The town's trees are gone and its the roads are full of by trucks laden with electric poles, ambulances, fire service vehicles and cranes, signaling the colossal rebuilding efforts in the works. Fani pummeled Puri's coast on May 3 and the changed ambience metaphorically tells a grim tale of unspeakable grief.
People in Puri are harried as banking, telecom services, water and power supply have been paralysed. While the banking services and mobile connectivity have been resumed to an extent through alternative channels, water and power supply situation remains a distant dream in Puri. Officials are still noncommittal on time lines to restore power connectivity and mobile services crippled by the cyclone.
"Since the day the cyclone made its landfall in Puri, there is an acute problem of water supply. Power is yet to be restored. Unavailability of banking and telecom services is causing serious impediments in running our business. The administration should initiate immediate measures for providing the necessary services at the earliest", said Bisnu Prasad Sahoo, a resident of Puri.
Tourists are no less distressed. For Bibhu Das, a visitor who frequented Puri (from Bhubaneswar), the ride to the temple town was never punctuated by a sinking moment. “The drive between Bhubaneswar and Puri used to be one of the soothing trips. With the roads now naked after the cyclone, the shade of trees will elude the visitors. The heat and humidity is palpable than before”, he says.
Das is unsure when Puri will return to normal. Even Puri's residents and its administration are clueless. The roads are now littered with uprooted trunks and bare branches. Journeying to and through Puri, you come to grips with the enormity of the damage inflicted by the summer cyclone. Power lines sagged, poles uprooted and razed to the ground all testify how Puri's fragile power infrastructure capitulated to a killer storm.
Losses to the power sector are gigantic, estimated at Rs 1400 crore with 60 per cent of the damage clustered in Puri. The cyclone has torn apart 10000 kilometers HT (high tension) lines and a similar length of LT (low tension) lines. Around 150,000 electric poles are affected in the district with a third of them in want of replacement.
The disaster, though, is tempered with a spell of relief from the government. Purna Chandra Bhoi, clutching his National Food Security (NFSA) Act card has queued up stoically for two hours at Birapratappur (in Puri district), to claim the government announced assistance of Rs 2000.
“The government had given 50 kg rice on Saturday. Today, I am standing in the queue to get Rs 2000. Let’s see whether my turn comes or not. If not , I will have to come again tomorrow as my crops and house are damaged due to the cyclone. I have nothing now to make both ends meet”, says Bhoi, a sharecropper, with teary eyes.
Small business owners and roadside peddlers, too, poured out their distress, more than a week into the devastating cyclone slamming Puri's coast.
“I opened my shop two days back. There are hardly any tourists. After the cyclone destroyed my house and shop, I am facing a lot of hardship. Even after toiling hard on a hot and humid day, I am yet to open my accounts”, said Biswanath Moharana. He sells fancy items on the Grand Road on a makeshift arrangement.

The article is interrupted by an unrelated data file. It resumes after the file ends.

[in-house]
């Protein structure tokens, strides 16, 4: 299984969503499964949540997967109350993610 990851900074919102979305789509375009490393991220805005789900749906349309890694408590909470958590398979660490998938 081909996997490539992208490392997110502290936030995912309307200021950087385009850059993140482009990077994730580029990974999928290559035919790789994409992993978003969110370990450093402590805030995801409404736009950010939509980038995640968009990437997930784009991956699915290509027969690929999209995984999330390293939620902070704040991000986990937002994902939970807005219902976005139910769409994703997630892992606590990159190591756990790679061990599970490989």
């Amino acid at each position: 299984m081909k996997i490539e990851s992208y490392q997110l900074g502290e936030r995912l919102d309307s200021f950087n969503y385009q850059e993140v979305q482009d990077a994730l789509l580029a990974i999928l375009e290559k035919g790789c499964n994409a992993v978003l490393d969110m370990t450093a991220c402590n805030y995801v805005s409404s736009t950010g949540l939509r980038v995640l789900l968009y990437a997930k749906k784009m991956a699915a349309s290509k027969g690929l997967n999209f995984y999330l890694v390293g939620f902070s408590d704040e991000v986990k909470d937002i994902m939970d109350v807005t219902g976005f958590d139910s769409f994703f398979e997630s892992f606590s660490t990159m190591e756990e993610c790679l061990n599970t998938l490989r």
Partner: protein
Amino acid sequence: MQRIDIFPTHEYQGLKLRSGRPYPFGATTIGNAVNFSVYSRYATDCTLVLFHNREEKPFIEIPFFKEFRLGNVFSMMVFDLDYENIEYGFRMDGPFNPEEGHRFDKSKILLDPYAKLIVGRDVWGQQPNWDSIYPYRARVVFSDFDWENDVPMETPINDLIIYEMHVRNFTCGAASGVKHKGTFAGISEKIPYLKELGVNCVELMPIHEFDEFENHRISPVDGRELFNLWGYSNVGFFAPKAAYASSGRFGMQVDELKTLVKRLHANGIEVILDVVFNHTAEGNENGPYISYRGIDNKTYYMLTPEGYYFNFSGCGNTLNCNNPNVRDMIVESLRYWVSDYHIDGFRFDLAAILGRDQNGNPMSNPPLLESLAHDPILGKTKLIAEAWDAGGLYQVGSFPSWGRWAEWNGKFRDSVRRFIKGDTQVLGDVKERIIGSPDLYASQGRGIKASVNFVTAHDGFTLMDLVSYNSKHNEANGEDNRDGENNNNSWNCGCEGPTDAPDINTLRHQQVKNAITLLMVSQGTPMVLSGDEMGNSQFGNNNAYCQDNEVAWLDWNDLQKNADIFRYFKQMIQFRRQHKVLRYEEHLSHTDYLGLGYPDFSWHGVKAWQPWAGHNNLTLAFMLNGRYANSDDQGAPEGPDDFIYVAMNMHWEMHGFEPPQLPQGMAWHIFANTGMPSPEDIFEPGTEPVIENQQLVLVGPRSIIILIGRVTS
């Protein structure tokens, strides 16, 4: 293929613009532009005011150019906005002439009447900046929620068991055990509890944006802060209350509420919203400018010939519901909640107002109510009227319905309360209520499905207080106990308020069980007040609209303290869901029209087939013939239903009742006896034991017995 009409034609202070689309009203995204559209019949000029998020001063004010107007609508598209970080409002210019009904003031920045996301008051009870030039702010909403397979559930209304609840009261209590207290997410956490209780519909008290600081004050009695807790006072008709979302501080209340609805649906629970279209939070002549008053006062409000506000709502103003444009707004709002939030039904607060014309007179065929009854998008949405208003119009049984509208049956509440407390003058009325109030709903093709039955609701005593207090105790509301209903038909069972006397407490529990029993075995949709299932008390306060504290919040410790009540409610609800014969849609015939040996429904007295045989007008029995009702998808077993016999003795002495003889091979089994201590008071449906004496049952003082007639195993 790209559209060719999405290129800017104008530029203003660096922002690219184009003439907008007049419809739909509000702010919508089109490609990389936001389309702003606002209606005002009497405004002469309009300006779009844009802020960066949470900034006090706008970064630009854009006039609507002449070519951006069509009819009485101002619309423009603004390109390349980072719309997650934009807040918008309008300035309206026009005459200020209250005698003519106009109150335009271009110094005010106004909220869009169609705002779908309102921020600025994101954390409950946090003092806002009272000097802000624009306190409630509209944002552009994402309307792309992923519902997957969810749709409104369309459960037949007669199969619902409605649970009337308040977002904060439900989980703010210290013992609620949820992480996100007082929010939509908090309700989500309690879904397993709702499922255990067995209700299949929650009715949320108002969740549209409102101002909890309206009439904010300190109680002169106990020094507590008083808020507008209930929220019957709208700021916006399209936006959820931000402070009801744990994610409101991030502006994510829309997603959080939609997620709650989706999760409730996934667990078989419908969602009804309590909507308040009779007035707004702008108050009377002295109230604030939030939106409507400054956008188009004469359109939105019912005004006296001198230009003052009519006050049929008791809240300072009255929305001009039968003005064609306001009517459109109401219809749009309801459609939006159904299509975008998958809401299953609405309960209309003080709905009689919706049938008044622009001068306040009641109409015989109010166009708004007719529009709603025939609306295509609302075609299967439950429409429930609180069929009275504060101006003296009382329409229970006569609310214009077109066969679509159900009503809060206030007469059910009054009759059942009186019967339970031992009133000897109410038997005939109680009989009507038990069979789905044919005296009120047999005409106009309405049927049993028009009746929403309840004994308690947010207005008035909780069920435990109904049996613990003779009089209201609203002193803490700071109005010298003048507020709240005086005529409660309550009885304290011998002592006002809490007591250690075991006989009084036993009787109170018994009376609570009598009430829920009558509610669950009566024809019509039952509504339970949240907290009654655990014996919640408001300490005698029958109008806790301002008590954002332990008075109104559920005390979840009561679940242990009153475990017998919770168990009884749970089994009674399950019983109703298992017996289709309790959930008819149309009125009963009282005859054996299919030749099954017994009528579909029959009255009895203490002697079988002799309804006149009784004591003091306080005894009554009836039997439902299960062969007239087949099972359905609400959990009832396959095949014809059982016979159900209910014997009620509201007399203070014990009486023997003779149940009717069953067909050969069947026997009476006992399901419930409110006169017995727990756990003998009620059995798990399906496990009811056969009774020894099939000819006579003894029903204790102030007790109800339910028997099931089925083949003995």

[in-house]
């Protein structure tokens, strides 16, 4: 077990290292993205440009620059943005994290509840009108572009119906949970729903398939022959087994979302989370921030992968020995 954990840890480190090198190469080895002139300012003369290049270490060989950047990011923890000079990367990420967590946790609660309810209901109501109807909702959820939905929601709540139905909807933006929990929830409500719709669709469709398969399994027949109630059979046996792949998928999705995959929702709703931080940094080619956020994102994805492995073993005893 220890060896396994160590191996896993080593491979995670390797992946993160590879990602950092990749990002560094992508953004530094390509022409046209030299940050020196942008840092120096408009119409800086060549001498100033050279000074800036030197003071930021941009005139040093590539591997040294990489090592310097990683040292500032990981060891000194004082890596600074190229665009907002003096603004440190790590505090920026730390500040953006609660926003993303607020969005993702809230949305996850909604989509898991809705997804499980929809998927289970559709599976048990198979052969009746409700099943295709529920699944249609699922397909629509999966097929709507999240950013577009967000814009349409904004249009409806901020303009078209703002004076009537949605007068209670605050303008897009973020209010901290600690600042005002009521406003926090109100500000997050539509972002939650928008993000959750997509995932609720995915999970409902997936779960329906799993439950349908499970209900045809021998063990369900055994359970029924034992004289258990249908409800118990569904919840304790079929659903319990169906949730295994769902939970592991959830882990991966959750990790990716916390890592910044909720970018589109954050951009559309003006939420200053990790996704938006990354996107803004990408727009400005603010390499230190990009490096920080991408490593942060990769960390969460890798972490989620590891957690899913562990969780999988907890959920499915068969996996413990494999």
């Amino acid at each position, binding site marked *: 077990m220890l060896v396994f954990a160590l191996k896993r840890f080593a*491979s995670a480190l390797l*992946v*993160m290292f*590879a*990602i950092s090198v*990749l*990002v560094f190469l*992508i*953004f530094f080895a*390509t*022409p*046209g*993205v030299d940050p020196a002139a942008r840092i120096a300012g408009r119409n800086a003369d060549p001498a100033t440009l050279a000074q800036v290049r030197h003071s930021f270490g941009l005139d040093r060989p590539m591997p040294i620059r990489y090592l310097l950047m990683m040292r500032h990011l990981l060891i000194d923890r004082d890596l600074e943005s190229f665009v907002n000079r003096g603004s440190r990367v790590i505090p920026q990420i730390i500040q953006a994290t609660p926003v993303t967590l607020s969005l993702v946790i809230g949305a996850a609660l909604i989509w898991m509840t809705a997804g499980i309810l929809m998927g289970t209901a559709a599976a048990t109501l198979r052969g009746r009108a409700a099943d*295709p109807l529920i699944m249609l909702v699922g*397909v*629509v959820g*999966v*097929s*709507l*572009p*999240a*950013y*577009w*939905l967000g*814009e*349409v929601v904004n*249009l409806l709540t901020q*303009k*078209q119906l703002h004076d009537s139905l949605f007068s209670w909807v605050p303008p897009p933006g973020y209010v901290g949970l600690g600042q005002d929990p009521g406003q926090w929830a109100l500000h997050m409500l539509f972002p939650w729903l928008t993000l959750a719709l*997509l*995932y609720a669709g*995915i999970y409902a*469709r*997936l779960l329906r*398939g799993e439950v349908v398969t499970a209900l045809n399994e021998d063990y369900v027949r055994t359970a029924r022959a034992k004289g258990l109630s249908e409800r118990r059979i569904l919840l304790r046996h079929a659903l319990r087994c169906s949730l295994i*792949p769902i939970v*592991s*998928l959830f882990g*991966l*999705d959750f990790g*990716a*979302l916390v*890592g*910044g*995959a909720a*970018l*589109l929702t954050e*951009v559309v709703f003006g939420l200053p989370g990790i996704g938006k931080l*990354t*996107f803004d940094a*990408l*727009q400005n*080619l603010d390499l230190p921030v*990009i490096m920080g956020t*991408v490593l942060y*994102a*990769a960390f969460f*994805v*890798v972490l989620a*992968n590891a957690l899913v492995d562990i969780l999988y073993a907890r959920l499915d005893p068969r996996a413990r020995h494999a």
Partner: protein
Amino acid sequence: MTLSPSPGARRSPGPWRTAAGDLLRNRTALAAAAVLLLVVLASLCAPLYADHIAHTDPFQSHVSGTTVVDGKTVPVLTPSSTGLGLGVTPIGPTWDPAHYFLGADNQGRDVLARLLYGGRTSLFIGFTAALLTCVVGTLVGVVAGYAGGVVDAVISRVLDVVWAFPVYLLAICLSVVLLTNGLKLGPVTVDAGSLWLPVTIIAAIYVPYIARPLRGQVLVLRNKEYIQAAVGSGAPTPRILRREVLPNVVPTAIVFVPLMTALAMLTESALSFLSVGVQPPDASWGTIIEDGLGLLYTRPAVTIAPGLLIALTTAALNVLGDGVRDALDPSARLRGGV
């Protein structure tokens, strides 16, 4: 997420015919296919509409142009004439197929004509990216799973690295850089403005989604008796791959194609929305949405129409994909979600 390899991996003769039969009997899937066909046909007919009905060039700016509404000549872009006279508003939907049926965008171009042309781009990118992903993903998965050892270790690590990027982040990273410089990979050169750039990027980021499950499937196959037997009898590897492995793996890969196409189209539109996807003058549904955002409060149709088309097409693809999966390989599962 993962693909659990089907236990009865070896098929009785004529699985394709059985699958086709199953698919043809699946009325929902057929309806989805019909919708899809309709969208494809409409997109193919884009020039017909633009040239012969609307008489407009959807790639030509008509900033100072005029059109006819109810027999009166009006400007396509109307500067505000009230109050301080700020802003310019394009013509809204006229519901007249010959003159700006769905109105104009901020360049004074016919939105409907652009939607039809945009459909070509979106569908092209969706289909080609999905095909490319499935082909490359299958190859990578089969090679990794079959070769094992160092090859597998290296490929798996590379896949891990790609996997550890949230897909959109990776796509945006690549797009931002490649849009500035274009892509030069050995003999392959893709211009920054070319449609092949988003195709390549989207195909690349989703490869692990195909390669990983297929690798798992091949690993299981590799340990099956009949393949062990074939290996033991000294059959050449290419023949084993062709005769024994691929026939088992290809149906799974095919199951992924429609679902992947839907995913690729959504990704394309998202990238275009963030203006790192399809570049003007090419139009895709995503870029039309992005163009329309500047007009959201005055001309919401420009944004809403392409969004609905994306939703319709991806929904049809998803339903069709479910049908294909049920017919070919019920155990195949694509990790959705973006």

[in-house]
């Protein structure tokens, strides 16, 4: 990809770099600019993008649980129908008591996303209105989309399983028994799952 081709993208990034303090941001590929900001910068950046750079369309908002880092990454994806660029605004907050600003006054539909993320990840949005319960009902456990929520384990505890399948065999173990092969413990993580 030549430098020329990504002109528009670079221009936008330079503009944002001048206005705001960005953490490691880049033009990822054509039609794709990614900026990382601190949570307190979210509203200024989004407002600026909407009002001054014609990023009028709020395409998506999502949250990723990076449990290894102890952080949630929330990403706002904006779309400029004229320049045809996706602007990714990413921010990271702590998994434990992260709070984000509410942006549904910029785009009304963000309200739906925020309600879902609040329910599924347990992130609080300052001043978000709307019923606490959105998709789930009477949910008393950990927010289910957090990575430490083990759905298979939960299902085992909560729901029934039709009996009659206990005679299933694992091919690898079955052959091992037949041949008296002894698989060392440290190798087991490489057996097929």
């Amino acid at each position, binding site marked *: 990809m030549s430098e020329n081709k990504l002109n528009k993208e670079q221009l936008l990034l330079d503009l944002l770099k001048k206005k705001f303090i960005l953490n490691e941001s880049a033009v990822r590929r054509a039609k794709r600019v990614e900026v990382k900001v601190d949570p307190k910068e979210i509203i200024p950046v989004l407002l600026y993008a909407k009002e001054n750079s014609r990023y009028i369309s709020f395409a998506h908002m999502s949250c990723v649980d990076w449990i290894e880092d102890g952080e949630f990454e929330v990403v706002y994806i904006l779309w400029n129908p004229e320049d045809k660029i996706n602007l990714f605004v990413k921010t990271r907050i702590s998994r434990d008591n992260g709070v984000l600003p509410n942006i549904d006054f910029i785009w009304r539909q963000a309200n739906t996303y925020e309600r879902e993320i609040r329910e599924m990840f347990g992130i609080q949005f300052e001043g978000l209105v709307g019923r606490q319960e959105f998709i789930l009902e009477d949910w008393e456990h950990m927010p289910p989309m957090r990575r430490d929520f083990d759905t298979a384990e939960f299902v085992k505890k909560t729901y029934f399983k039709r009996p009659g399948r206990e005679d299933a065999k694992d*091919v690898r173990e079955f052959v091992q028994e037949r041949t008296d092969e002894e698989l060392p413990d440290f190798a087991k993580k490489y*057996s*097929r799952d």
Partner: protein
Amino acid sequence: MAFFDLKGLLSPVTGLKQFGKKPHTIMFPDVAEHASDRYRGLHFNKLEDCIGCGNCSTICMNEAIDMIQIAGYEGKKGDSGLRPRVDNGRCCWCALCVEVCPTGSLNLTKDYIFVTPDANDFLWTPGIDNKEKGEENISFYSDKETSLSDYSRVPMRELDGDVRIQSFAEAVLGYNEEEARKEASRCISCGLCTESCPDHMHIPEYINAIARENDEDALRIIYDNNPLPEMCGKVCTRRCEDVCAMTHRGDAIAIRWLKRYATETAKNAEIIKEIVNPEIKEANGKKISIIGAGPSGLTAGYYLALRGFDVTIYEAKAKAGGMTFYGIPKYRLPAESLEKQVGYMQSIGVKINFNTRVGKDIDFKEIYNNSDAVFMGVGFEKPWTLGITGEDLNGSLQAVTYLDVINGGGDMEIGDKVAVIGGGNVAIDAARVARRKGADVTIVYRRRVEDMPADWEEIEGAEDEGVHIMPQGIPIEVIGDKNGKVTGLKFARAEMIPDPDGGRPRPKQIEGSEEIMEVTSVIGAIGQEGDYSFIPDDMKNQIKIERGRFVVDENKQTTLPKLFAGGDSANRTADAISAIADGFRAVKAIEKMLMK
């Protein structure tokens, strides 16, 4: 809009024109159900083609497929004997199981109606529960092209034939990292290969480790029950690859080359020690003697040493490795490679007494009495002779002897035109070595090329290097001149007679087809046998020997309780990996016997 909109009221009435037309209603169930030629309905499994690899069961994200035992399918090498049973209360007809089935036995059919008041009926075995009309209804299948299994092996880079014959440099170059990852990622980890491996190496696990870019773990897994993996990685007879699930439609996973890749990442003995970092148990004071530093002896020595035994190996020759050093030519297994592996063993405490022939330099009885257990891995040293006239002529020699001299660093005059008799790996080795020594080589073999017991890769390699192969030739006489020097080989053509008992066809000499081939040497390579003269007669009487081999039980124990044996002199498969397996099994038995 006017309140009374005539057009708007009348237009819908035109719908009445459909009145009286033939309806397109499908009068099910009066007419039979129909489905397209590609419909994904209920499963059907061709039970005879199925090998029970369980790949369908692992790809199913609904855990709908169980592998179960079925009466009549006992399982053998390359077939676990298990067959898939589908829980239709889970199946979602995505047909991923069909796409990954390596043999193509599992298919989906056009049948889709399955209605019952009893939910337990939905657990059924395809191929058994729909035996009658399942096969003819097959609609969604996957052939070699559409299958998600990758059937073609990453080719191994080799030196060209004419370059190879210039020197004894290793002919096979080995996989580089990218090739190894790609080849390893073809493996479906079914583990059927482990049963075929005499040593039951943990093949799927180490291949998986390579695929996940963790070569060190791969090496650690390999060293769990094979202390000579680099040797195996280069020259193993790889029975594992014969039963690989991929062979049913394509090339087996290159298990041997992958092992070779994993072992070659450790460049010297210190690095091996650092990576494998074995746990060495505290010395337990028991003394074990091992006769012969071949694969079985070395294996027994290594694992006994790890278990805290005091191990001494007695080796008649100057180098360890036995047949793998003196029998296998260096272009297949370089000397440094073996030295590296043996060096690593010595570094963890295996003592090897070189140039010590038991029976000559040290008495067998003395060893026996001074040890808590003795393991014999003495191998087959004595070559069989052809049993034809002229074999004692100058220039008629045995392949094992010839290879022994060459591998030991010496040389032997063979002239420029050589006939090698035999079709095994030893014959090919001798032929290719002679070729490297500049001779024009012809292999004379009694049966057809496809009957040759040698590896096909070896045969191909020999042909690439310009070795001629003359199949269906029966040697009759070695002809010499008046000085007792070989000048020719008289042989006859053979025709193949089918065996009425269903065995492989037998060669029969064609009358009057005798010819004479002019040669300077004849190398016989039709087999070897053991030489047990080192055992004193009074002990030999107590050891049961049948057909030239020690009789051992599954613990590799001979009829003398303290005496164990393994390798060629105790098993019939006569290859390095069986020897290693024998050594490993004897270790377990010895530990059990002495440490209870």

Earlier, my sales used to go up to Rs 1000 per diem, Moharana adds, as he scrambles to arrange his tawdry items.
Rabi Shankar Das, another small-time trader, dealing in silver utensils, ungrudgingly admits how the timely government relief of cash and rice is helping to eke out his family expenses.
For Moharana and Das, the inbound tourists are the prized customers. Tourism, battered and bruised after the cyclone's assault, has left them disconsolate.
“Without tourists, Puri is nothing. Our business depends on the flow of tourists. Since, Fani wreaked havoc in Puri, the livelihood of more than 4000 families running business on Grand Road has been impacted. Lack of power connectivity has added to the woes. We are pinning hopes on Rath Yatra for a turnaround”, Das added.
The cyclone has deflated Puri's tourism and hospitality industries. Hotels from star-rated to budget categories, are in a torrid state. Often inundated with tourists for its iconic Jagannath Temple and shimmering beaches, Puri metamorphosing into a desolate town post Fani is a bitter pill to swallow for the hoteliers.
“ The hospitality sector in Puri is undergoing losses of Rs two crore each day. We are hopeful that the hotels in Puri will resume services in the next one month. The occupancy rate in hotels in Puri is zero now”, said J K Mohanty, chairman, Hotel and Restaurant Association of Oidisha (HRAO).
Puri's hotels have sustained extensive damage with sand dunes building up in their premises. The pilgrim town boasts of 500 hotels known for doing brisk business.
The state's tourism department has come up with an advisory to defer their travel plans to Puri and Konark till the first week of June.
“The damage to the properties of Odisha Tourism Development Corporation and tourism department has been estimated at Rs 19 crore. The loss of the entire industry has not been worked out “, said a senior official of the tourism department.
The district administration has pegged the loss in Puri district alone at more Rs 4000 crore across all sectors.
“We are now doing the damage assessments in Puri as per the government procedures. The relief and restoration work is in full swing. The water supply scenario is urban parts of district is almost normal while 80 per cent of the water supply pipelines in rural areas are running with generators. While the assessment of damage of the hotels in Puri will be done, the relief for the hoteliers will be worked out”, said Balwant Singh, collector, Puri.